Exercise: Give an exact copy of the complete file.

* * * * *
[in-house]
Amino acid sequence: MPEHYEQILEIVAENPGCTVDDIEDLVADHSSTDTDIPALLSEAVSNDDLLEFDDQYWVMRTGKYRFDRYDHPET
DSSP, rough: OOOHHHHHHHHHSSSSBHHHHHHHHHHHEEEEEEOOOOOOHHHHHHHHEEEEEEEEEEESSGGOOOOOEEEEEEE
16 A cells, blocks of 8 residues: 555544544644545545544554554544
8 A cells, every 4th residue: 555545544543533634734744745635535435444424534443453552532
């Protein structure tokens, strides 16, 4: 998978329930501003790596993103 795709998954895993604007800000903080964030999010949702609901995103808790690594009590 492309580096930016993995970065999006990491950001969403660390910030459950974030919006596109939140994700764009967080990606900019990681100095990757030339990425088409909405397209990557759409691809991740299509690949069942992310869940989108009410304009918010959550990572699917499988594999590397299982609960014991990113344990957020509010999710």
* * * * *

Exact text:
[in-house]
Amino acid sequence: MPEHYEQILEIVAENPGCTVDDIEDLVADHSSTDTDIPALLSEAVSNDDLLEFDDQYWVMRTGKYRFDRYDHPET
DSSP, rough: OOOHHHHHHHHHSSSSBHHHHHHHHHHHEEEEEEOOOOOOHHHHHHHHEEEEEEEEEEESSGGOOOOOEEEEEEE
16 A cells, blocks of 8 residues: 555544544644545545544554554544
8 A cells, every 4th residue: 555545544543533634734744745635535435444424534443453552532
């Protein structure tokens, strides 16, 4: 998978329930501003790596993103 795709998954895993604007800000903080964030999010949702609901995103808790690594009590 492309580096930016993995970065999006990491950001969403660390910030459950974030919006596109939140994700764009967080990606900019990681100095990757030339990425088409909405397209990557759409691809991740299509690949069942992310869940989108009410304009918010959550990572699917499988594999590397299982609960014991990113344990957020509010999710």